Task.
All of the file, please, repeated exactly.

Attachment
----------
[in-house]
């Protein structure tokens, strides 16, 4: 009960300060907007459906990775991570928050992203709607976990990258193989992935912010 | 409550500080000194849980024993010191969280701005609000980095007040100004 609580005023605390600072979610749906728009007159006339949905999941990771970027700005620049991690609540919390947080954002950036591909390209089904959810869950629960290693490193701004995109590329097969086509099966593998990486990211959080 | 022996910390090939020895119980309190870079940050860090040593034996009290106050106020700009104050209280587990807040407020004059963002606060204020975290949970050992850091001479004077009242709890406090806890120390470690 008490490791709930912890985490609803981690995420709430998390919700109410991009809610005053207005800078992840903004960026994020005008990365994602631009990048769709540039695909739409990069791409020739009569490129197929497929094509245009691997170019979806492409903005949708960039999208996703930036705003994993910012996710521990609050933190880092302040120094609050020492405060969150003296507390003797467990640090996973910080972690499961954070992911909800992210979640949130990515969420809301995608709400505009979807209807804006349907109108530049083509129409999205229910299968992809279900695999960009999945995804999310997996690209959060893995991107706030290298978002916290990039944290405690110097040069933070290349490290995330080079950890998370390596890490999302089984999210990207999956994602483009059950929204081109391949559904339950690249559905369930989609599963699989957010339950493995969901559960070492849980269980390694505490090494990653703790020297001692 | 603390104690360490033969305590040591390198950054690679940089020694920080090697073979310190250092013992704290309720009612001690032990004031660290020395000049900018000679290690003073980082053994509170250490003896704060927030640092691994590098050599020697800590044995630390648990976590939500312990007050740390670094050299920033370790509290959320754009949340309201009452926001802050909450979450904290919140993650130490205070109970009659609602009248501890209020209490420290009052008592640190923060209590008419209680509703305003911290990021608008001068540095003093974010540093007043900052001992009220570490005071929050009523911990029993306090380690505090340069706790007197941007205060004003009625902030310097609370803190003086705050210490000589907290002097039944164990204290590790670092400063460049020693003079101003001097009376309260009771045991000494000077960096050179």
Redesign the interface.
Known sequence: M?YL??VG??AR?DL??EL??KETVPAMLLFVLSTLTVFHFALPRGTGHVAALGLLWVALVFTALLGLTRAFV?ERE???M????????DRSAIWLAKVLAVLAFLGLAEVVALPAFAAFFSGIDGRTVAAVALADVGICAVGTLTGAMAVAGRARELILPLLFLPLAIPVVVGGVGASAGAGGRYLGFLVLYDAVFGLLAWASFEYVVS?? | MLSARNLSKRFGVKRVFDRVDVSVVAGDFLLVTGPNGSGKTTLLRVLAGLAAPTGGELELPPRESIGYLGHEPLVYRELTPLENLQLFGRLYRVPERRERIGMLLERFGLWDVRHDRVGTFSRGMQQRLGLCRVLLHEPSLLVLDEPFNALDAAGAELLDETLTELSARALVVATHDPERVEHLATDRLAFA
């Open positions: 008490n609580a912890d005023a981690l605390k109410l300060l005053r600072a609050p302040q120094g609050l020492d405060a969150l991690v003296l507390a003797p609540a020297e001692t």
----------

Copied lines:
[in-house]
């Protein structure tokens, strides 16, 4: 009960300060907007459906990775991570928050992203709607976990990258193989992935912010 | 409550500080000194849980024993010191969280701005609000980095007040100004 609580005023605390600072979610749906728009007159006339949905999941990771970027700005620049991690609540919390947080954002950036591909390209089904959810869950629960290693490193701004995109590329097969086509099966593998990486990211959080 | 022996910390090939020895119980309190870079940050860090040593034996009290106050106020700009104050209280587990807040407020004059963002606060204020975290949970050992850091001479004077009242709890406090806890120390470690 008490490791709930912890985490609803981690995420709430998390919700109410991009809610005053207005800078992840903004960026994020005008990365994602631009990048769709540039695909739409990069791409020739009569490129197929497929094509245009691997170019979806492409903005949708960039999208996703930036705003994993910012996710521990609050933190880092302040120094609050020492405060969150003296507390003797467990640090996973910080972690499961954070992911909800992210979640949130990515969420809301995608709400505009979807209807804006349907109108530049083509129409999205229910299968992809279900695999960009999945995804999310997996690209959060893995991107706030290298978002916290990039944290405690110097040069933070290349490290995330080079950890998370390596890490999302089984999210990207999956994602483009059950929204081109391949559904339950690249559905369930989609599963699989957010339950493995969901559960070492849980269980390694505490090494990653703790020297001692 | 603390104690360490033969305590040591390198950054690679940089020694920080090697073979310190250092013992704290309720009612001690032990004031660290020395000049900018000679290690003073980082053994509170250490003896704060927030640092691994590098050599020697800590044995630390648990976590939500312990007050740390670094050299920033370790509290959320754009949340309201009452926001802050909450979450904290919140993650130490205070109970009659609602009248501890209020209490420290009052008592640190923060209590008419209680509703305003911290990021608008001068540095003093974010540093007043900052001992009220570490005071929050009523911990029993306090380690505090340069706790007197941007205060004003009625902030310097609370803190003086705050210490000589907290002097039944164990204290590790670092400063460049020693003079101003001097009376309260009771045991000494000077960096050179």
Redesign the interface.
Known sequence: M?YL??VG??AR?DL??EL??KETVPAMLLFVLSTLTVFHFALPRGTGHVAALGLLWVALVFTALLGLTRAFV?ERE???M????????DRSAIWLAKVLAVLAFLGLAEVVALPAFAAFFSGIDGRTVAAVALADVGICAVGTLTGAMAVAGRARELILPLLFLPLAIPVVVGGVGASAGAGGRYLGFLVLYDAVFGLLAWASFEYVVS?? | MLSARNLSKRFGVKRVFDRVDVSVVAGDFLLVTGPNGSGKTTLLRVLAGLAAPTGGELELPPRESIGYLGHEPLVYRELTPLENLQLFGRLYRVPERRERIGMLLERFGLWDVRHDRVGTFSRGMQQRLGLCRVLLHEPSLLVLDEPFNALDAAGAELLDETLTELSARALVVATHDPERVEHLATDRLAFA
């Open positions: 008490n609580a912890d005023a981690l605390k109410l300060l005053r600072a609050p302040q120094g609050l020492d405060a969150l991690v003296l507390a003797p609540a020297e001692t």